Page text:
Note: This is a sponsored post. Samsung has asked SBNation's bloggers to post on the theme of "Enhance Your Experience" regarding the application of technology to sports fandom. Bloggers were not obligated to participate in the campaign, and were given broad freedom as to the actual contents of the post. This is post two of three Friday posts.
Sitting here in the press room at Staples Center prior to the Clippers-Pistons game, contemplating a post about "enhanding your experience" and how technology changes the sports experience for fans, I can't help but ask myself... why am I sitting here in the press room at Staples Center?
When I first start blogging about the Clippers, I had no intention of pursuing a credential, much less a career in journalism. Now that I'm a journalism Master's degree candidate and a credentialed member of the media, there are probably more things I don't understand than those I do.
But the technology revolution all round us is probably having a bigger impact on the way fans get their information than on any other aspect of the fan experience. It wasn't that long ago that the story in the newspaper the next day was how you followed your favorite team. The beat reporter, going to games and interviewing coaches, was the lifeline to information.
But do I even have to schlep to Staples to cover the Clippers? Experience would say no, since in fact I ran the blog for three full seasons before I ever had any access. That's because fans in general have almost as much access as reporters at this point. First and foremost, every game is on TV, so you certainly don't need me or anyone else telling you what happened. The revolution in access is continuing with innovations like League Pass and webcasts of games. When I lived in Paris in the mid 90s, I could get my scores anytime on the web - but I couldn't watch games. Today, this very blog boasts citizens in France and Italy and Sweden and Argentina and who knows where else, and they have access to most if not all of the games via the web.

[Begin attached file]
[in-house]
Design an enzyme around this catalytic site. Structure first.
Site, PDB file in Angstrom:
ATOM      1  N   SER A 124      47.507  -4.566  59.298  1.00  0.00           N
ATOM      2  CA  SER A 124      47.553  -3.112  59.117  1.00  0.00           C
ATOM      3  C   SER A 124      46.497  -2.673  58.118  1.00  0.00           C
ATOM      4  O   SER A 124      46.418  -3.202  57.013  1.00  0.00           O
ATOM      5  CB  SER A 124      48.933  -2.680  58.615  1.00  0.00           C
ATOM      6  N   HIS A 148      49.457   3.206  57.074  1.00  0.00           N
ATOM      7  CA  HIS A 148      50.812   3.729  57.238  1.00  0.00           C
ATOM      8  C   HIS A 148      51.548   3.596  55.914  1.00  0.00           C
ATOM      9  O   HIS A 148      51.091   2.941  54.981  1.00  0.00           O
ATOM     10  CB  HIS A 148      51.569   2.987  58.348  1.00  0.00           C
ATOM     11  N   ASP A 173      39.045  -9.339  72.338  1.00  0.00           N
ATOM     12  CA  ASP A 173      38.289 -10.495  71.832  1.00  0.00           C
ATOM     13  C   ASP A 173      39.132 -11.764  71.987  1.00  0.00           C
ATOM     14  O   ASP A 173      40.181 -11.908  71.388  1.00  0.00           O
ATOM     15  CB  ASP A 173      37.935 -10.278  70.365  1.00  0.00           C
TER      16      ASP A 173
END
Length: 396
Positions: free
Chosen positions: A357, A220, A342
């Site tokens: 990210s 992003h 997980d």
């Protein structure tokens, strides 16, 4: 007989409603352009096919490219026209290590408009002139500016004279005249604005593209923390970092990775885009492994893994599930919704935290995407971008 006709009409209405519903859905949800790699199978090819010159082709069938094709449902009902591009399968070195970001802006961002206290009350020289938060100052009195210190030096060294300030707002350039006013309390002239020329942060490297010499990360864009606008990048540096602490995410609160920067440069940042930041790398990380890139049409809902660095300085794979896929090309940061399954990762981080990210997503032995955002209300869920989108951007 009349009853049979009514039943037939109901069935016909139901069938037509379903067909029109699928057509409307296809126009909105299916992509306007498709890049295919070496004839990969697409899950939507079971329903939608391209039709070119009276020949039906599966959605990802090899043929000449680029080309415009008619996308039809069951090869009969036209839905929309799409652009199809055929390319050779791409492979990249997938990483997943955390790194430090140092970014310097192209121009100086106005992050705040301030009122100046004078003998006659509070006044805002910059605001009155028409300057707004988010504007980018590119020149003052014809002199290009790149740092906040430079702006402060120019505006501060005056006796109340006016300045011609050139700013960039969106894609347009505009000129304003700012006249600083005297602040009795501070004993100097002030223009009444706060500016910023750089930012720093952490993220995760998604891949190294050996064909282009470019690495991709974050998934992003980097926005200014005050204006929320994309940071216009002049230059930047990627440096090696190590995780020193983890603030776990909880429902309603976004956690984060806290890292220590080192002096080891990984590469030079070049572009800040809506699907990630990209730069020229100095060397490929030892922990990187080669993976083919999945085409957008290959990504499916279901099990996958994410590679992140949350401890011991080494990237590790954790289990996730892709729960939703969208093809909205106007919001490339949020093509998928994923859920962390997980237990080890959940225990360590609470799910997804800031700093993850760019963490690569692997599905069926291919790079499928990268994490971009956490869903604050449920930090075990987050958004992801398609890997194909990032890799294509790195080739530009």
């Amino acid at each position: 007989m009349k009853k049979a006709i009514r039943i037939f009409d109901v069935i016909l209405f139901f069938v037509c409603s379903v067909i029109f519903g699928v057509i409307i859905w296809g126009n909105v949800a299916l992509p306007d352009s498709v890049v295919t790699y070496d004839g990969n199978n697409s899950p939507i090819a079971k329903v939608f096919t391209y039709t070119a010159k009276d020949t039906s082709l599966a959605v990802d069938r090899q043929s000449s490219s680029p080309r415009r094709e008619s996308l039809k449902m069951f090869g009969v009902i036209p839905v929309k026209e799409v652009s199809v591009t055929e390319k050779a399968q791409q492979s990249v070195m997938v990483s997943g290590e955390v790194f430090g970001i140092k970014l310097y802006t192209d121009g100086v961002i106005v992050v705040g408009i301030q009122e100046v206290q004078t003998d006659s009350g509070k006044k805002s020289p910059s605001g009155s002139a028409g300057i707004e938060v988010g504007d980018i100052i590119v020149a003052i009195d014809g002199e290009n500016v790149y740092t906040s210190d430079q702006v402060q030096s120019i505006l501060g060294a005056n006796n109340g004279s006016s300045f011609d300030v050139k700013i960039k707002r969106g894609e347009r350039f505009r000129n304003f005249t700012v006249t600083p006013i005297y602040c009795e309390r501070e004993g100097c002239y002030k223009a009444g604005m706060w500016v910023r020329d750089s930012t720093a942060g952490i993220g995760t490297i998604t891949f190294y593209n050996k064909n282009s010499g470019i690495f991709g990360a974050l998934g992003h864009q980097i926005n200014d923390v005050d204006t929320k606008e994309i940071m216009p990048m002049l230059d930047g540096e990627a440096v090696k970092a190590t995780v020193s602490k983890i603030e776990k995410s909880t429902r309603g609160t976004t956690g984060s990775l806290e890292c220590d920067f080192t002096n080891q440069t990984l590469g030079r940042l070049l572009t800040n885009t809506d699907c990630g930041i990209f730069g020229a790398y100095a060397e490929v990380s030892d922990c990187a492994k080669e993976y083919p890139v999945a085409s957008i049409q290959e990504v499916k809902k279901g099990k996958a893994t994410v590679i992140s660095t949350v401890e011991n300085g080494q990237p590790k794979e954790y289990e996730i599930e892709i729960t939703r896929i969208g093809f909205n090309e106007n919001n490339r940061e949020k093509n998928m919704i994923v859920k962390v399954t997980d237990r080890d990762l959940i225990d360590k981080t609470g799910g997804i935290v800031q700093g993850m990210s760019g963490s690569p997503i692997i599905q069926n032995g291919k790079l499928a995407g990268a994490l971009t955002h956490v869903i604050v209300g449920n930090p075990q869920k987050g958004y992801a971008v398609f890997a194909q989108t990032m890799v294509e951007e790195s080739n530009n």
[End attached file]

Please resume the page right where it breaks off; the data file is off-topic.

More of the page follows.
Even the access to coaches and players is changing, and will continue to. There's really no reason that Coach Vinny Del Negro's pre and post-game press conferences can't be webcast; most of them are now put on video and posted on the web after the fact. And players with Twitter accounts can tell fans exactly what they're thinking (if they can keep it under 140 characters).
I'm not suggesting that sportswriting is going to be a thing of the past; there's probably more demand than ever, and there will always be demand for well written analysis. But the technology is advancing to the point where access is almost a non-issue. Not because reporters don't need access, but because everyone has more than ever. And that's a good thing.